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David Copperfield (Penguin Classics) by…
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David Copperfield (Penguin Classics) (original 1850; edition 2004)

by Charles Dickens (Author)

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16,948215201 (4.1)4 / 1138
Charles Dickens' 1850 classic epic, David Copperfield, unfolds the story of David, an optimistic and hard-working lad who's orphaned in his youth. Raised initially by his brutal stepfather, who halts David's schooling and sends him to work in a factory, David eventually finds a home with his eccentric, but kind aunt, Betsey. Later in life, David trains for a career in law, but eventually becomes a writer.… (more)
Member:PDCW
Title:David Copperfield (Penguin Classics)
Authors:Charles Dickens (Author)
Info:Penguin Classics (2004), Edition: Revised ed., 1024 pages
Collections:Your library
Rating:
Tags:Fiction, Classic Literature

Work details

David Copperfield by Charles Dickens (1850)

  1. 161
    A Christmas Carol by Charles Dickens (ncgraham)
  2. 100
    Nicholas Nickleby by Charles Dickens (aces)
  3. 50
    Charles Dickens: A Life by Claire Tomalin (hazzabamboo)
    hazzabamboo: David Copperfield is partly autobiographical, and it's fascinating to compare it to Tomalin's fascinating, shrewd biography.
  4. 30
    Dickens' London by Charles Dickens (BINDINGSTHATLAST)
  5. 20
    The Mill on the Floss by George Eliot (kara.shamy)
  6. 20
    Of Human Bondage by W. Somerset Maugham (CGlanovsky)
    CGlanovsky: Bildungsroman
  7. 10
    A Tale of Two Cities by Charles Dickens (souloftherose)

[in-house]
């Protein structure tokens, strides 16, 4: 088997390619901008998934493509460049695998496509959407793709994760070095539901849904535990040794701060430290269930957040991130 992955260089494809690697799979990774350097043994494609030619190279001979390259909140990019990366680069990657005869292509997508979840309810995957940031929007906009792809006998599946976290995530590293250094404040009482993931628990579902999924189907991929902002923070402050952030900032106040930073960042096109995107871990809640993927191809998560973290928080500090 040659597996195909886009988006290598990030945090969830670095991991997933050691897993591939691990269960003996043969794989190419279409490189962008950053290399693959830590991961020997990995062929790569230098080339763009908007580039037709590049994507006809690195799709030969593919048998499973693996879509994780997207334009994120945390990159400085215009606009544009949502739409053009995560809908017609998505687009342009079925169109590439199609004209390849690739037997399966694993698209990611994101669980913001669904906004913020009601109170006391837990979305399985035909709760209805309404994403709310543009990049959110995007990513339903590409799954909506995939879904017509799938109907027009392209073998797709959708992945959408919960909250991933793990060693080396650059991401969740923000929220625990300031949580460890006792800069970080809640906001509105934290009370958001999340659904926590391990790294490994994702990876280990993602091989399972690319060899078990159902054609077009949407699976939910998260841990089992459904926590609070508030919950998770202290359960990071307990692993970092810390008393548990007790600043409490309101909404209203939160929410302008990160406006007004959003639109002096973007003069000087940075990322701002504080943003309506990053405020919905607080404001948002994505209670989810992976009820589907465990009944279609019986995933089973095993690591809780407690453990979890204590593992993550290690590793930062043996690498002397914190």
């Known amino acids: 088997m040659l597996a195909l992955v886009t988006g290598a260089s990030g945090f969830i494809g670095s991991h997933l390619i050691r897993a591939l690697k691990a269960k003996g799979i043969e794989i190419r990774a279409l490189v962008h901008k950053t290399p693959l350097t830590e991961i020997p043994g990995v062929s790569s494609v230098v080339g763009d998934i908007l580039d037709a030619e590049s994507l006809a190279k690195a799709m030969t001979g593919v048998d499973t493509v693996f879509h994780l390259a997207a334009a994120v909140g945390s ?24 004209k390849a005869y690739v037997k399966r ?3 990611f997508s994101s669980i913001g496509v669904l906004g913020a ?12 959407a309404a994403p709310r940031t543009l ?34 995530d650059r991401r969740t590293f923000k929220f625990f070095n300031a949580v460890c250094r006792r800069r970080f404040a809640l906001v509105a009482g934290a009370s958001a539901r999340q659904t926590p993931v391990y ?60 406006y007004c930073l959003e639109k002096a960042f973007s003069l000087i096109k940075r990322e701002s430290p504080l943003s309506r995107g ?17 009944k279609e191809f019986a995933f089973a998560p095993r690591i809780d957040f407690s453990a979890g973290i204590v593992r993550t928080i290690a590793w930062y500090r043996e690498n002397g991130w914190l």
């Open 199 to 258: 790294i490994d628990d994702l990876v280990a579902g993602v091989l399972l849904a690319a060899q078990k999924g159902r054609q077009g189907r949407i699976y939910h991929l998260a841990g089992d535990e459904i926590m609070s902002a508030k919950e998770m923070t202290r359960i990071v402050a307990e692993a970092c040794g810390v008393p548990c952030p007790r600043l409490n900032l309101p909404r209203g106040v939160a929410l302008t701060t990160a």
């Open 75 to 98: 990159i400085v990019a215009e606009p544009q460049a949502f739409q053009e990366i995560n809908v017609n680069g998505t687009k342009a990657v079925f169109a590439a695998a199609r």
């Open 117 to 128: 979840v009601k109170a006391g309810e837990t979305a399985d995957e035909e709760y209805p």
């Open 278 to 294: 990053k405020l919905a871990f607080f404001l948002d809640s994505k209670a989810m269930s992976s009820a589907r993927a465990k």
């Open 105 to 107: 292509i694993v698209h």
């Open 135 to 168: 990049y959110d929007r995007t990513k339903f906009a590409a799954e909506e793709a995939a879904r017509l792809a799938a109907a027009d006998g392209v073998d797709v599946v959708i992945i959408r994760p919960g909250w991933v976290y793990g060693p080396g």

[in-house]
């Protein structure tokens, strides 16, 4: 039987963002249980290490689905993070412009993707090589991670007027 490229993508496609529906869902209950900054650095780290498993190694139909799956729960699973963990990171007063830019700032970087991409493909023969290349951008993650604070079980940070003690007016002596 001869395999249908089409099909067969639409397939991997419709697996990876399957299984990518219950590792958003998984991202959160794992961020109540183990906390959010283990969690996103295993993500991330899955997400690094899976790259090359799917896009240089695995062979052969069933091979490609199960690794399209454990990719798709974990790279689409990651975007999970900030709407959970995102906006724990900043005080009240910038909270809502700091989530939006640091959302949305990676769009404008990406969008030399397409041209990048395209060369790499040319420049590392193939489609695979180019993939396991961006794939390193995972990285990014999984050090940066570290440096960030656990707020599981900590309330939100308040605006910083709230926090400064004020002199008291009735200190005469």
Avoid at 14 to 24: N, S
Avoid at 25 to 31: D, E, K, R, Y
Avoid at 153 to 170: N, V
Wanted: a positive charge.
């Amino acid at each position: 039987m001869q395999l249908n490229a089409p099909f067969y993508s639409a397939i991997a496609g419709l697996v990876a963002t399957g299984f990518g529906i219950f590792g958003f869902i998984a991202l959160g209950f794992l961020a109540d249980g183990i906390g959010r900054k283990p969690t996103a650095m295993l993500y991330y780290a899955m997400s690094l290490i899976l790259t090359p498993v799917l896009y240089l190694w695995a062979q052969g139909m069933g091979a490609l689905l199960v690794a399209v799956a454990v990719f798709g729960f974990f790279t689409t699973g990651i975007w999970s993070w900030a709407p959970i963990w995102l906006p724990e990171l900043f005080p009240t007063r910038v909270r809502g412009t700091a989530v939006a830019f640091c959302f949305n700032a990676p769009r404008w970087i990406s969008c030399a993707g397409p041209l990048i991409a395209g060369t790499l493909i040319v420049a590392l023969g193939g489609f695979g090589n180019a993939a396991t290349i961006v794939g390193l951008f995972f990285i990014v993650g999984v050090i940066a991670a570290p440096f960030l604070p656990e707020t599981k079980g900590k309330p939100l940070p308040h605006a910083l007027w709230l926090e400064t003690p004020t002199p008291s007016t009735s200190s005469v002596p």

souloftherose: In A Tale of Two Cities Dickens reworked the ideas around self-sacrifice that he used in The Battle of Life into a full length novel
  8. 11
    A Portrait of the Artist as a Young Man by James Joyce (kara.shamy)
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Showing 1-5 of 201 (next | show all)
I read this shortly after seeing the Armando Ianucci film of it, which perhaps did it a bit of disservice as I was constantly thinking about the actors in the film and where they had changed around the story, mainly to cut down a very long book into a reasonable length of film. Overall it's a great read, a big joy of a book where David Copperfield moves through a life of misfortune with great stoicism and acceptance. It's not all bad, he does well and finds some great friends and family to move through life with, but he certainly has his share of setbacks too. The characters are very much larger than life, Uriah Heep being a particularly loathsome specimen, and Betsy Trotwood being fabulously memorable. ( )
  AlisonSakai | Aug 30, 2020 |
This review is written with a GPL 4.0 license and the rights contained therein shall supersede all TOS by any and all websites in regards to copying and sharing without proper authorization and permissions. Crossposted at WordPress, Blogspot & Librarything by Bookstooge’s Exalted Permission

Title: David Copperfield
Series: ----------
Author: Charles Dickens
Rating: 5 of 5 Stars
Genre: Classic
Pages: 853
Words: 357.5K

Synopsis:


From Wikipedia